Archive for Education

One eBook Reader Per Child

The Amazon Kindle 2 has received some very good reviews, and has in the process reignited people’s interests in ebooks.

ebook readers have the potential to revolutionize education in Africa and the developing world. The lack of text books in schools is a serious issue that hampers the education of students throughout Africa, and ebook readers could play a significant role in addressing this issue.  What if every student has an ebook reader, and gets his/her text book in an ebook? Every student would have a copy of the text books and other required and recommended reading material.  Also imagine every student getting next year’s text books and recommended reading material weeks or even a month or two before school starts? How about making public domain books available for kids to download?

The technology is already available to make this happen (for example, cellphone infrastructure currently in place can be used to download books). The question is, could you make a good ebook reader equivalent to one of these devices for $100 or less, with the main requirements being, say, at least a 2 GB flash storage and with the cellphone connectivity that must work in Africa (Tri Band/3.5G HSDPA)? These are not impossible requirements to meet, since for one thing there are already cellphone carriers providing next generation services in some African countries, and many more will roll out services over the next few years.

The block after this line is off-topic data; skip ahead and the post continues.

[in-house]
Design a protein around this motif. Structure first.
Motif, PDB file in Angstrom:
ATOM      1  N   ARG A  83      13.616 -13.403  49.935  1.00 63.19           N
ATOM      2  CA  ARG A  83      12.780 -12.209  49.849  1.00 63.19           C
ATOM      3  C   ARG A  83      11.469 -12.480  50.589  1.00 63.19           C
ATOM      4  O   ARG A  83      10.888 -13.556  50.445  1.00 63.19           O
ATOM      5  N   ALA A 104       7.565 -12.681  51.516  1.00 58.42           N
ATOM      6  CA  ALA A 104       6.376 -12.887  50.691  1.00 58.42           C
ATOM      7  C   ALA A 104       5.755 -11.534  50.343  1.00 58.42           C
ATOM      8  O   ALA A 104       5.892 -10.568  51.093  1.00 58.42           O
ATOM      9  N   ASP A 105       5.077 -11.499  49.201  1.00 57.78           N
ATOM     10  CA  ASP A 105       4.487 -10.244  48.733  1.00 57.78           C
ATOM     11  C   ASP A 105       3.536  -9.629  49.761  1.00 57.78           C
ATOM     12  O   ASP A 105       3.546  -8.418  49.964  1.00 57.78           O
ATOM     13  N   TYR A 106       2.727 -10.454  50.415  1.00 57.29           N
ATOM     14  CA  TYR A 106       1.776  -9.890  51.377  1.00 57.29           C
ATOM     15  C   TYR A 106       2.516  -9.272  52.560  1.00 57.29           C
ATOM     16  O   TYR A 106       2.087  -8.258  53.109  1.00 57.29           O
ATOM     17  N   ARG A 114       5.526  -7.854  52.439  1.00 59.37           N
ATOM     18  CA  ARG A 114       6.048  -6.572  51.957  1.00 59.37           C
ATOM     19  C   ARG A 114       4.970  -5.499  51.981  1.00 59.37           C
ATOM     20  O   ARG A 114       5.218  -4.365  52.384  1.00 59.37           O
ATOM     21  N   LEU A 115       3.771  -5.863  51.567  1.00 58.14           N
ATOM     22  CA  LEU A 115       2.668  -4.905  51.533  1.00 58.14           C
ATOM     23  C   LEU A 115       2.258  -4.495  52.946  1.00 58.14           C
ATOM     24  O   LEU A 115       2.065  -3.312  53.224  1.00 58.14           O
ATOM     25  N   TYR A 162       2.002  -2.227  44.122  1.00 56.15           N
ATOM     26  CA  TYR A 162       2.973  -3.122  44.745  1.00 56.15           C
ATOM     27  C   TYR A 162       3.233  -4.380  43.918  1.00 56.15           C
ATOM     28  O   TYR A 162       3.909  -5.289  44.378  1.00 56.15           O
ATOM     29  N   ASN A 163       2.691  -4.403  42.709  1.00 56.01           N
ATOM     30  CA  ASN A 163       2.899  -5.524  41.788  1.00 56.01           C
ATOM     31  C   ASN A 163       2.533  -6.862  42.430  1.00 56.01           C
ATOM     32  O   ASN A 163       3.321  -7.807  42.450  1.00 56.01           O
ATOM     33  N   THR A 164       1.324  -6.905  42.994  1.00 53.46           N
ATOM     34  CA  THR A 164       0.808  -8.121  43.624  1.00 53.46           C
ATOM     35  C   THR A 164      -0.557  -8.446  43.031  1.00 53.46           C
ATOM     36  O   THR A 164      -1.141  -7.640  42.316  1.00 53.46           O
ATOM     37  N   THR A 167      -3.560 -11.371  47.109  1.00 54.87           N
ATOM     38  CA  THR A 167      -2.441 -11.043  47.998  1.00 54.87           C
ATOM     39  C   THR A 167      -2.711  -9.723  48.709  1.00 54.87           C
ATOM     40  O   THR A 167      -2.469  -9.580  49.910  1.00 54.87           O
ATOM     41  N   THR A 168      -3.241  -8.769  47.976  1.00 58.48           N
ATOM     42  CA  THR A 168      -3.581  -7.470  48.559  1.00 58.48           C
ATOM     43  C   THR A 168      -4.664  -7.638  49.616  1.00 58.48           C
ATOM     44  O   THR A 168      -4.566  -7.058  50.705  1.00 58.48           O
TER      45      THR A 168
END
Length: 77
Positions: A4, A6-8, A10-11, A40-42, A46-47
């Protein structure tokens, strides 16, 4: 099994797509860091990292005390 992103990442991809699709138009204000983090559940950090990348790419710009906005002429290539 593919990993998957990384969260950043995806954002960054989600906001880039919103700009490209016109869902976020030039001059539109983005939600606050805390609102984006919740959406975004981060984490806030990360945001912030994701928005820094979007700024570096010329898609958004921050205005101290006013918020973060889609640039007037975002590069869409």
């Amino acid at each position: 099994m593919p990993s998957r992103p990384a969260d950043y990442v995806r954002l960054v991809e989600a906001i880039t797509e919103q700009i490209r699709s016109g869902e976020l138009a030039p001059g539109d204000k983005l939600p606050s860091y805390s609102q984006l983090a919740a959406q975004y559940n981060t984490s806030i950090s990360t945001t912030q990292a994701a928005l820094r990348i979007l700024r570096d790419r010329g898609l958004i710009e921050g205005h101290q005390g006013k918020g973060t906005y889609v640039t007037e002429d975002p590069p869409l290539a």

Even though the Kindle looks like an amazing device, a closed, proprietary ebook reader should not be used in Africa. So here is a challenge for African computer science and computer engineering students: design an ebook reader that can meet the needs of African students for less than $100. This is similar to the One Laptop per Child project, but better since it aims to solve an existing problem: the lack of textbooks in African schools. It would be tempting to ask the OLPC folks to tackle this challenge, but it would be much better if this was designed by African students, perhaps in collaboration with the OLPC, since they already have valuable technical and business experience in this area.

A criteria for the reader design has to be that open source software needs to be used not only to reduce the cost of the device, but also to encourage students to extend the device and create applications for it.

One last suggestion to the student designers, make sure at least numbers 5, 6 and 7 of Seth Godin’s suggestions for the Kindle are part of the spec/design.

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